Which “Share Settings Do I Use???”

Due to my volunteer work as a Product Expert in the Google Help communities, I notice many users are confused about the levels of share settings.   Today I’m going to focus on the “Share Settings” found in Google Drive and its Docs Editors (Docs, Slides, Sheets, Forms, and Drawings).   Following is a list of the share setting terms and how they may help the user maintain privacy.

  1. Private – Only you can access
    • Nobody but you may view, edit, copy or share.
  2. Specific People – Ability to share a file or folder with another user.
    • You choose who and add the user to the file or folder.
  3. On: Anyone with Link – Any user with the web link may access.  
    • It is a public link that allows any user to see or share the file or folder.
    • The weblink prevents web spiders from finding the link in search results.
    • Embedding the link on a website or social media posts may make it searchable via a search engine.
  4. Public on the Web – The file or folder may be accessed anywhere on the web. 
    • The file or folder’s web link is easily categorized by the search engines.

Note: 

A  G Suite account offers an extra layer of sharing.  

The extra share settings are as follows:

  • On Domain Name – Any domain user who has the web link may access the file.
  • Anyone at Domain Name with the link – All users of a domain may use a Google Drive filter search to find and access the file or folder.

The above listing provides a basic selection of share settings Google Accounts offer.  Below I have provided an image tutorial you may print or use as part of an instruction tutorial. Keep an eye open for my next post where I will discuss more advanced share setting offered by Google Drive and its Docs Editors.

Secret Tips for Overlapping Google Docs Images

Overlapping images in a Google Doc isn’t hard at all. Today I’m going to provide you with some tips to take the struggle out of overlapping images. Overlapping images allows the creator to design attractive and more engaging visuals.

Following is a list of the most important tips to remember when working with images.

  • Set image to wrap text
  • Change margin to 0″
  • Use scroll arrows & shift key to move image in small increments

The below video explains the steps for overlapping images in a Google Doc.

Power of G Suite Share Settings…

It seems “Share Settings” is one of those misunderstood tools embedded into G Suite APPS. “Share Settings” may become a powerful tool to use. It is up to the user to follow some simple best practice for sharing files and folders for maintaining the utmost privacy in the realm of education. The Google for Education Team supports “Privacy and Security” within the tools they provide for educators and students to use.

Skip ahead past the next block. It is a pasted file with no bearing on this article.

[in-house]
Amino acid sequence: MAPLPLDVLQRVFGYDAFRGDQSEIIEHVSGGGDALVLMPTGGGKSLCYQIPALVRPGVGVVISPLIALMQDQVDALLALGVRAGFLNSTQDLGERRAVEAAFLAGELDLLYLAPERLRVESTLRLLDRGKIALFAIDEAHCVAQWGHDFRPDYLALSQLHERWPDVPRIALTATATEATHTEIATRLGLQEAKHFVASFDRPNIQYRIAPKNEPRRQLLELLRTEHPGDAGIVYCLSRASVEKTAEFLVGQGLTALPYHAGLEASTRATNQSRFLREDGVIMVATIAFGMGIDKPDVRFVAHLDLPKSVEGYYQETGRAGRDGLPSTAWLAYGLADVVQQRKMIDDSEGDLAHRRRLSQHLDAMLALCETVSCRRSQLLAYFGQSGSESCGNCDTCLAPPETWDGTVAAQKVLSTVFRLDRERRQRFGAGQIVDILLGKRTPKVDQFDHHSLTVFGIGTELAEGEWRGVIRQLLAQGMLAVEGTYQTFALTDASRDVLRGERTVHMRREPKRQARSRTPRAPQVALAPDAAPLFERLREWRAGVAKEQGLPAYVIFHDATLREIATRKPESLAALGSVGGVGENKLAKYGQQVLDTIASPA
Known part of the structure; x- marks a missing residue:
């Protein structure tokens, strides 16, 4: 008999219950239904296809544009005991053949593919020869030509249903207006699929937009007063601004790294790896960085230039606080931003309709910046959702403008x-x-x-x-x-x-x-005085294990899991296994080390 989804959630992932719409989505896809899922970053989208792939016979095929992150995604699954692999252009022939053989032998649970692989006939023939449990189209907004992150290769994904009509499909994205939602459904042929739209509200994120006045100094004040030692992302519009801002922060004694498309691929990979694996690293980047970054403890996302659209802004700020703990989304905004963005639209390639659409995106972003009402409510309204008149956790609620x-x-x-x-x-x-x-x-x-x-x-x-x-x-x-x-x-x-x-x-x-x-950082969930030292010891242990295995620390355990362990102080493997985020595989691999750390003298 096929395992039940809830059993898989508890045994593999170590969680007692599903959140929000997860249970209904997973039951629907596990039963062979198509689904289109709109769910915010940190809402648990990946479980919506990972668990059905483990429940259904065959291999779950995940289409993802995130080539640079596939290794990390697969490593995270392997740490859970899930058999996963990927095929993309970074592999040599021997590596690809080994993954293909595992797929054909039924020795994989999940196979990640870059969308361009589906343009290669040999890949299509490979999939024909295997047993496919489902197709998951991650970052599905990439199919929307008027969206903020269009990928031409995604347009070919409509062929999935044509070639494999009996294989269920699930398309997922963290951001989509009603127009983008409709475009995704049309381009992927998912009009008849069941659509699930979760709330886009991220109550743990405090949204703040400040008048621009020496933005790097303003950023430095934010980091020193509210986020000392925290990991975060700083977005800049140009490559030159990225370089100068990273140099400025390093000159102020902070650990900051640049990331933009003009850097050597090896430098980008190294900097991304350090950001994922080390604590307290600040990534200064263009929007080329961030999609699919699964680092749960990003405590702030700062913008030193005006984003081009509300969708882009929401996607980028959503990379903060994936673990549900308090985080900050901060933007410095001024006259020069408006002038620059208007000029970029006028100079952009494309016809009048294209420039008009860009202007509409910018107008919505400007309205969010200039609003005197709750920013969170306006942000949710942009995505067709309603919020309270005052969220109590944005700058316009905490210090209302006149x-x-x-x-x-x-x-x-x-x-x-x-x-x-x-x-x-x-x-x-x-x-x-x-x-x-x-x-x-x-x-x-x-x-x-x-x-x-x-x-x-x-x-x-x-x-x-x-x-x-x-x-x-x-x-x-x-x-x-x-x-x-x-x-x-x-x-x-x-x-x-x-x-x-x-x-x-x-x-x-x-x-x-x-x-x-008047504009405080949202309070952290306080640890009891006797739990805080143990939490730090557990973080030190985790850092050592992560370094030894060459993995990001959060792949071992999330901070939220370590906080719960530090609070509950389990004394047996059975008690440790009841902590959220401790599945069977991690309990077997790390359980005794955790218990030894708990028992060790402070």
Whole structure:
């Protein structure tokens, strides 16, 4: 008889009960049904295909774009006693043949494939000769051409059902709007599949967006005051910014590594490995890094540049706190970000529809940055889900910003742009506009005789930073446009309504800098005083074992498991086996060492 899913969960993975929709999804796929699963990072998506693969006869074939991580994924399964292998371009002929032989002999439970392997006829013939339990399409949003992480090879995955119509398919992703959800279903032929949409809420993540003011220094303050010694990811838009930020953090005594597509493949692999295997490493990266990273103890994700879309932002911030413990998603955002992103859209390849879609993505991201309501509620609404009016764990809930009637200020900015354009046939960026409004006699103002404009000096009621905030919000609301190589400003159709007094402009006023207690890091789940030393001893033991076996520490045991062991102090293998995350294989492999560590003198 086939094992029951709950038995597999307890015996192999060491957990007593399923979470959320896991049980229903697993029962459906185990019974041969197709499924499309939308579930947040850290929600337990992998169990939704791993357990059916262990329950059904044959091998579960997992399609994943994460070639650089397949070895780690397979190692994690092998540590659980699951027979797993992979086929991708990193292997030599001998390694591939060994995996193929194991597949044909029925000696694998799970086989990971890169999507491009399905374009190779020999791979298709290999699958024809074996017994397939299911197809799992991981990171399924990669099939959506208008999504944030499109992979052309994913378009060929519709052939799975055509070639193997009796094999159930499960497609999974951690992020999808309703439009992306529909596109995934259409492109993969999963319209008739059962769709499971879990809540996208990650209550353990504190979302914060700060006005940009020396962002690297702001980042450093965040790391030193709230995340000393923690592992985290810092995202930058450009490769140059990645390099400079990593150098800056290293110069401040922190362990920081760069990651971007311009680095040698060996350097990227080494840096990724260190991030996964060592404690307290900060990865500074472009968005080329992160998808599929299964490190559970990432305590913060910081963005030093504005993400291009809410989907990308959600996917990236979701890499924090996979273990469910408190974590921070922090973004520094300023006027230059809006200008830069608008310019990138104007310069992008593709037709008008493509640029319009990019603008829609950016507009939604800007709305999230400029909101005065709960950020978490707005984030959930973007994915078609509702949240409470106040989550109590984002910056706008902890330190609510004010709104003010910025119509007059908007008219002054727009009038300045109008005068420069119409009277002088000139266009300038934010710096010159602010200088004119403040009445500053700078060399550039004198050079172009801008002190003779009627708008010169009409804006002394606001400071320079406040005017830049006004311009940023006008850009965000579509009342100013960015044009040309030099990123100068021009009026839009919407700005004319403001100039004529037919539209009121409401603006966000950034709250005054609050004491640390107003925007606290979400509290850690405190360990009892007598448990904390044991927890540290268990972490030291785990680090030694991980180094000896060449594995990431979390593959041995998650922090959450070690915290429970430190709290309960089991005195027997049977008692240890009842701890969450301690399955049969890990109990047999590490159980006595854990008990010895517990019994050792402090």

Maintaining both FERPA and COPPA compliance is dependent on how “Share Settings” are used. Below you will find instructions for helping you to understand how to use Google Products share settings.

Share Settings Basics

If you are sharing a file or folder it is important to understand what the following three settings mean:

Share Settings what do they mean_ (2)

Collaboration Share Settings

Collaboration Share Settings

Share Settings More Controls

Share Settings More Controls

 

Draftback Extension is Magical…

During a Google APPS workshop I tend to point out the “Revision History” Tool. Often stating how it allows the teacher to view a students work in ways they never imagined possible. Revision history permits the educator to see every step a student takes to complete a writing masterpiece. It is the closet an educator may come to understanding a student’s thought process. What makes this even easier to do is the Draftback Chrome Extension by J. Somers.

The Draftback Chrome Extension attaches to a Google Doc.  It allows the user to create a animation of the authors writing process. Like magic draftback displays every edit created up to the very last Google Doc sentence. This lets an educator view the writing process in ways they were never able to before. It allows the teacher to provide authentic proactive feedback to assist the student author with improving upon writing skills.

Draftback.gif

Keep as a Graphic Organizer

Recently I was asked what is the best Google APP to use as a Graphic Organizer. My response was Google Keep. This was followed by my explaining how Google Keep allows the student to make lists and or create a sketchnote.  It is now easy for a list or image to be added into a doc. This provides the students with an opportunity expand their writing with details.

Google Keep Vangogh

Use Google Keep to Take Notes

  • Google Keep is excellent to use for note-taking
  • The ability of Google Keep for floating on top of another website while creating a research notes list.
  • Integration with Google Doc makes this a built in Graphic Organizer
    • Keep lists check box info maybe organized by dragging to change order
    • Keep list notes when accessed from within docs can be simply added into doc
    • This allows the student to provide more details  and expand upon the information of the listed note.
  • Student can also use Keep as a whiteboard to write out math computation
  • The whiteboard image can be inserted into a Google Doc.
  • Image files may be downloaded and saved to insert into:
    • Slide Presentation or Google Forms as a computational proof.
  • Use of labels help organization content
    • Click label and it brings up all notes for that content area
  • Students can set reminders to study material for upcoming assessments
  • Add images to support research topics
  • Color code Notes for to easily find subject areas
  • Quickly search for a note